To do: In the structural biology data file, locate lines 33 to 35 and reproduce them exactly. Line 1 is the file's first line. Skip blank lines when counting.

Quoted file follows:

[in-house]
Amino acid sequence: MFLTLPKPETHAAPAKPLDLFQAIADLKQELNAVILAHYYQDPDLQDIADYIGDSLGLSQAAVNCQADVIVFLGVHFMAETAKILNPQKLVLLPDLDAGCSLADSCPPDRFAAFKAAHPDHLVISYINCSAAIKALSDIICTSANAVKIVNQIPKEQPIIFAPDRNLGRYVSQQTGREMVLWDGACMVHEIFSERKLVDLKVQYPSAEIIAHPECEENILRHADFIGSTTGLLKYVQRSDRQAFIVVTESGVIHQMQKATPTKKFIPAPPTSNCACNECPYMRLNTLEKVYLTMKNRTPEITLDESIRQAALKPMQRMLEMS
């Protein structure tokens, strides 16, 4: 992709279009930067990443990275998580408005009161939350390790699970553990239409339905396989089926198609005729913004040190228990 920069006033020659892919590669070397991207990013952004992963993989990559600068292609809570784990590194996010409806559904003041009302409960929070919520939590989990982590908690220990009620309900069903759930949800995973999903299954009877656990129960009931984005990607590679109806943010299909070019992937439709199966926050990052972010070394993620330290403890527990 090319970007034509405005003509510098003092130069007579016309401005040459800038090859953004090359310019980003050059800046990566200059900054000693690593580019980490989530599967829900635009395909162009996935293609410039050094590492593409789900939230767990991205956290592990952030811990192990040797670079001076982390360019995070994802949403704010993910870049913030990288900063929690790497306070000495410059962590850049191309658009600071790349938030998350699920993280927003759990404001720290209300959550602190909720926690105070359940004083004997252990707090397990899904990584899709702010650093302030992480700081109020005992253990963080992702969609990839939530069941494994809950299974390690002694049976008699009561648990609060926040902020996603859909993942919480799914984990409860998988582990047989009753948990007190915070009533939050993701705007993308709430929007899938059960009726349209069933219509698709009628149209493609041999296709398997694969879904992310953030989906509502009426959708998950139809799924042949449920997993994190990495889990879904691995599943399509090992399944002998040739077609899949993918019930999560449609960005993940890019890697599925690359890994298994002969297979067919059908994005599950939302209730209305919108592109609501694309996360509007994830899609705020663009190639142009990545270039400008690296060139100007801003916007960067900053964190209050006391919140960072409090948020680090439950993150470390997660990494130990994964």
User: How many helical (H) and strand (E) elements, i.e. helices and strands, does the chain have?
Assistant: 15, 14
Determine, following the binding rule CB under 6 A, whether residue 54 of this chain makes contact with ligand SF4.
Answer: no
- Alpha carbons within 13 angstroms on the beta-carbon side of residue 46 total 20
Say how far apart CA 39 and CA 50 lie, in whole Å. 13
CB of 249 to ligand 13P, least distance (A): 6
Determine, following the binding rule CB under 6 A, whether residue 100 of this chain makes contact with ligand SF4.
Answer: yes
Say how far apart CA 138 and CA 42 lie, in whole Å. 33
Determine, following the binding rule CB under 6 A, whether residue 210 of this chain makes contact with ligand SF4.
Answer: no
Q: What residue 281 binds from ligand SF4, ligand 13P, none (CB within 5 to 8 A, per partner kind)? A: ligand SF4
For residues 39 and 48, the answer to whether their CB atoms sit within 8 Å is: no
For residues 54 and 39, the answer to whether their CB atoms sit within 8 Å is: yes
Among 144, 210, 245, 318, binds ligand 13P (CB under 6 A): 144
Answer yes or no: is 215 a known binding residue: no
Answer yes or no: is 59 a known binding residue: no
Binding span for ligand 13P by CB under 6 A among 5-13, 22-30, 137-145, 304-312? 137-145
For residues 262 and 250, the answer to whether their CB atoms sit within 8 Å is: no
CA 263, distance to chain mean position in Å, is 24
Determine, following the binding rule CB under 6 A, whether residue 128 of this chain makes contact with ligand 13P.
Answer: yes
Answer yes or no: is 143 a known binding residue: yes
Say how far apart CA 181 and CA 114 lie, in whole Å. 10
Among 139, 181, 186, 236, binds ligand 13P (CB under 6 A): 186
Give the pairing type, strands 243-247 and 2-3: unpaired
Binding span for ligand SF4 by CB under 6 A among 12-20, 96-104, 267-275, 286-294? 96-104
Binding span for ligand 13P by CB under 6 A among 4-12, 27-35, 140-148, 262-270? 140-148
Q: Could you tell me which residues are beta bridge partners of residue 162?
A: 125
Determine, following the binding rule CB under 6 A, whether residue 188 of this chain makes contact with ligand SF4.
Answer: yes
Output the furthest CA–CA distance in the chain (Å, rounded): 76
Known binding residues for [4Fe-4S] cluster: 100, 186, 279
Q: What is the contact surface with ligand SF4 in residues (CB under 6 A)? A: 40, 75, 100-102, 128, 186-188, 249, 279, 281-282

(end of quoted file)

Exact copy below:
Q: Could you tell me which residues are beta bridge partners of residue 162?
A: 125
Determine, following the binding rule CB under 6 A, whether residue 188 of this chain makes contact with ligand SF4.